The latest date for your US-based business partners to do this would be as of the withdrawal date in the event of a ‘no-deal’ outcome between the UK and EU, or subject to the transitional period requirements if a deal is agreed.
3. Consider appointing an EU-based representative
As the UK will be considered as a ‘third country’ post-Brexit, you will need to adhere to Article 27 of the GDPR and appoint a representative situated in an EU Member State, which is compulsory to enable you to ensure GDPR-compliance if you continue to offer goods and service to the EU or if you carry behaviour monitoring (such as online analytics) on EU residents after the withdrawal.
Your ‘representative’ must be an individual or an entity which must have a business or personal residence in the EU and, similarly, when you are deciding where to appoint your representative, they need to reside in one of the Member States in which your data subjects are located. Furthermore, recent guidance from the European Data Protection Board states that your representative cannot also be your external Data Protection Officer, as this could create a conflict of interests.
There may be certain situations in which you do not need to appoint a representative. For example, where you only process personal data occasionally or don’t carry out large-scale processing or don’t process sensitive personal data or personal data relating to criminal convictions or offences and your processing activities are unlikely to result in a risk to the rights and freedoms of data subjects.
If you have any doubt about whether you need to appoint an EU representative, it is worth seeking independent legal advice as this can save a lot of time, stress (and money) later down the line.
4. Ensure that your contracts are up-to-date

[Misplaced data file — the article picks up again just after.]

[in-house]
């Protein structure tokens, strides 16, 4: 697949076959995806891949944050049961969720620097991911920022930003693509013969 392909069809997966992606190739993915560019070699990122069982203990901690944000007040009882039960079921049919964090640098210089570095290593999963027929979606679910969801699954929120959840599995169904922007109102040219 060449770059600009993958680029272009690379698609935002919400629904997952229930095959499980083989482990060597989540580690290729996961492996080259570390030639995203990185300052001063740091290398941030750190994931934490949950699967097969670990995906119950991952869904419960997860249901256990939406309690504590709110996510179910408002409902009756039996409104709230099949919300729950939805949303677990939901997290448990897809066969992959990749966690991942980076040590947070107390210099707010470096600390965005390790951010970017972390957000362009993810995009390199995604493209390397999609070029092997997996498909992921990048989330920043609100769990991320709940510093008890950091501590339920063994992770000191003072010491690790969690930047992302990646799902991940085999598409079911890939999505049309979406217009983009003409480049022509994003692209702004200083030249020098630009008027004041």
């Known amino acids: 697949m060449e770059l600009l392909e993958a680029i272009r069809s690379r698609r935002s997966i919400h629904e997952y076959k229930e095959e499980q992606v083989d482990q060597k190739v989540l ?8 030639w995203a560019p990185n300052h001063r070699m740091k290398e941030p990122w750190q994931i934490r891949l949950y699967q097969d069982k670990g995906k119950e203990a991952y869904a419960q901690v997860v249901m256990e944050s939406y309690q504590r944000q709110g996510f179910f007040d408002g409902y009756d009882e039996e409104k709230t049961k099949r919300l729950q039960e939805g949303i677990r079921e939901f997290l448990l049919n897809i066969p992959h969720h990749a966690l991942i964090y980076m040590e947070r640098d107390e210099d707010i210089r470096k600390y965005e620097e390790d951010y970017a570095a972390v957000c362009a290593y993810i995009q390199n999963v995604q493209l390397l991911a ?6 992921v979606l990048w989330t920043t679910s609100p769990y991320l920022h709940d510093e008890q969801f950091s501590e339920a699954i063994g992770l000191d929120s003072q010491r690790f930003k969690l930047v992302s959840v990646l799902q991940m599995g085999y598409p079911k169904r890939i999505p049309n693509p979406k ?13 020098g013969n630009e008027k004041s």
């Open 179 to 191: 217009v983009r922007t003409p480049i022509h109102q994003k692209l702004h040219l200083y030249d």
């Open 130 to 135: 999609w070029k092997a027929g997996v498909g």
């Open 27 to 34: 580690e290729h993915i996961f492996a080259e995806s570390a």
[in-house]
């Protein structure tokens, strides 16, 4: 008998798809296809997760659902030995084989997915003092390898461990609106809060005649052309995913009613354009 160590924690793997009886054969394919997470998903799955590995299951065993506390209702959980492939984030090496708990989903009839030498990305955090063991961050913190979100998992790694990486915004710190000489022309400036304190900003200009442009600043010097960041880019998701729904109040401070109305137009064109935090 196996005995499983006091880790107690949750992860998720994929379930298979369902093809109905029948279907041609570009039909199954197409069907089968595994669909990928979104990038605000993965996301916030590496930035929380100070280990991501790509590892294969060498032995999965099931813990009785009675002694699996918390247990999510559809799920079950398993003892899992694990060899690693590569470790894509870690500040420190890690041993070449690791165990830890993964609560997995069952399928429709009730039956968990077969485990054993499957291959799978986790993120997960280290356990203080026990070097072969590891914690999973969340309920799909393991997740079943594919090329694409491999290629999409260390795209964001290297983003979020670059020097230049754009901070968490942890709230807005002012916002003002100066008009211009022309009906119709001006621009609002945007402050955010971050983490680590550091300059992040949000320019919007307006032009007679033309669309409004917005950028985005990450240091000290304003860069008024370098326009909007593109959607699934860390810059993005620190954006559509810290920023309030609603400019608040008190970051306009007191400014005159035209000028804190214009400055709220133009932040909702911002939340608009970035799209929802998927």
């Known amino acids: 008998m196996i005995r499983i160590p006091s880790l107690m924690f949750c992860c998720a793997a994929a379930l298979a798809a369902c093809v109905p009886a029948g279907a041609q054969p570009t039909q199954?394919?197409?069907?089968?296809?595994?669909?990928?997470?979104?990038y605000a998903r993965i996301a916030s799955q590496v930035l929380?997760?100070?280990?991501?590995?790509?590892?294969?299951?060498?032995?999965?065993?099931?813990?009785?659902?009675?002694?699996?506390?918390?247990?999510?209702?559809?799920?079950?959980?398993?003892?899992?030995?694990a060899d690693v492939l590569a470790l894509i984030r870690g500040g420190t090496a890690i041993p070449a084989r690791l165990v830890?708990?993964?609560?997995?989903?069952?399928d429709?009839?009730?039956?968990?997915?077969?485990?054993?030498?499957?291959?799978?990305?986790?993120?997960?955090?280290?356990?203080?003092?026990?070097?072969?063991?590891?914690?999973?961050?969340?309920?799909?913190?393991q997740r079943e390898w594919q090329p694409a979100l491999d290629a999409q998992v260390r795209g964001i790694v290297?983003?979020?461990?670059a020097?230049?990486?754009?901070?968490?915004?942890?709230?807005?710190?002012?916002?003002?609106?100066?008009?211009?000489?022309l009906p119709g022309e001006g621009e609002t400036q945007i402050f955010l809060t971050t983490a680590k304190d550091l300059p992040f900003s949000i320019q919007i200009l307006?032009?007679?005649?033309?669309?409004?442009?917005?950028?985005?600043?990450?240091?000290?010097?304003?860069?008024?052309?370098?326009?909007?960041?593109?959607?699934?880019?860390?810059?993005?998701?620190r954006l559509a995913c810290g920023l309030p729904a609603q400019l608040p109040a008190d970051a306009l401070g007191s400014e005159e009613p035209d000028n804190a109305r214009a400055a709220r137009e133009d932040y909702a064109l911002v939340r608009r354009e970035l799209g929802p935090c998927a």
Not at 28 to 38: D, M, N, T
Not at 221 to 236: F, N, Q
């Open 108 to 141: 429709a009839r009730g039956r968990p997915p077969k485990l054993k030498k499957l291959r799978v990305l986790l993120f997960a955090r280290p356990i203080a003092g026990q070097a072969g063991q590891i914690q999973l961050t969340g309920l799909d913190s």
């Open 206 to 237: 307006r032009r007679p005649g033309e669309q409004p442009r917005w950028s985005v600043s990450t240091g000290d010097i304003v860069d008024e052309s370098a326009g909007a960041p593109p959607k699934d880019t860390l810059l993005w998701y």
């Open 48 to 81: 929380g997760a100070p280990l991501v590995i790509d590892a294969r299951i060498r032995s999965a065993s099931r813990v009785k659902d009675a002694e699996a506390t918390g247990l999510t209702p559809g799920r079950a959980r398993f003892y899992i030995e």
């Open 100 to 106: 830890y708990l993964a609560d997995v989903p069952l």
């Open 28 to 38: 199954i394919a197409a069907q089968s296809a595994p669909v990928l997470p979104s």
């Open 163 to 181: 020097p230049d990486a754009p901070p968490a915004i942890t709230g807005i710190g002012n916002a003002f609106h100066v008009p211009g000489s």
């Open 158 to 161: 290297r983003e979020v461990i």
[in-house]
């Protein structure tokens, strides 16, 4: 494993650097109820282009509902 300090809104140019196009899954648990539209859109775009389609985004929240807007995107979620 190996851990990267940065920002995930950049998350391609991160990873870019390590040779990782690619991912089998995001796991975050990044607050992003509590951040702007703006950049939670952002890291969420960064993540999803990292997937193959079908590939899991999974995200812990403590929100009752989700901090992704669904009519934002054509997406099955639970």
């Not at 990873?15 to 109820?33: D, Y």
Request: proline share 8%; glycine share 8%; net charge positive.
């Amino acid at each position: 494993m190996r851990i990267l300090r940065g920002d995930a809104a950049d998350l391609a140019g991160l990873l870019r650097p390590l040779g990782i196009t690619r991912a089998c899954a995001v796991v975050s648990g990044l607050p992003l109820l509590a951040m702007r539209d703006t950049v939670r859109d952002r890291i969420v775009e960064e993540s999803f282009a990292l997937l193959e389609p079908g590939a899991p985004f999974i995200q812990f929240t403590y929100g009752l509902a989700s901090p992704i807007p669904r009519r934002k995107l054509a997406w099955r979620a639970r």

If you are processing personal data in the UK which you have received from the EU or which relates to EU data subjects, then you need to make sure that your contracts are up to scratch.
Firstly, you need to make sure that you have entered into GDPR-compliant Data Processing Agreements (DPAs), in the event that your personal data processing practices with other parties constitutes a controller-processor relationship with clauses that are adapted to the UK’s new status post-Brexit.
Secondly, when the UK is a ‘third country,’ you will need to enter into the Standard Contractual Clauses (SCCs) with your contractual partners. The SCCs are a standard set of contractual clauses which been issued by the European Commission. The SCCs should be included in all of your agreements going forward or issued to all of your clients and suppliers as they are one of the easiest ways to ensure that you can receive EU personal data in the most compliant way, as entering into the SCCs fulfils the extra compliance obligations in the GDPR for third-country transfers, provided that they are properly completed. It is worth noting that the SCCs have not been updated by the European Commission since the pre-GDPR days, so it is important to keep monitoring compliance to check whether any changes will be made or a new version issued.
Thirdly, if you do have to appoint an EU-based representative as set out above at point 3, the GDPR states that this needs to be done in writing. This means you should ensure the appointment is done via a properly drafted contract which sets out the scope of the appointment, the key obligations and liabilities.
Finally, you should conduct a general overview of the data protection clauses in all of your contracts to make sure that they are up-to-date with the UK’s post-Brexit status as a ‘third country’ and to double-check that that there are no inconsistencies with your DPAs or any of the processing information you have included in the SCCs.
5. Keep an eye on the latest developments
There is much uncertainty generally with Brexit and it seems that we are getting new information every day. The overall position regarding the UK and GDPR will depend on whether the UK leaves the EU with a deal or not, and if so, what the terms of that deal and any transitional arrangements are.
This piece can only therefore set out the current best-practice, to assist you in making sure that you are as ready as possible for when the small print is settled. So I urge you to keep an eye on developments so that you can update your practices swiftly, with confidence and in accordance with any new guidance. There are fairly pain-free ways to do this, such as by checking out our own website’s ‘insights’ or ‘blog’ pages, but pace yourself because the days, negotiations and wrangling between now and the milestone dates, whether it’s June 1st or October 31st, could be anything but!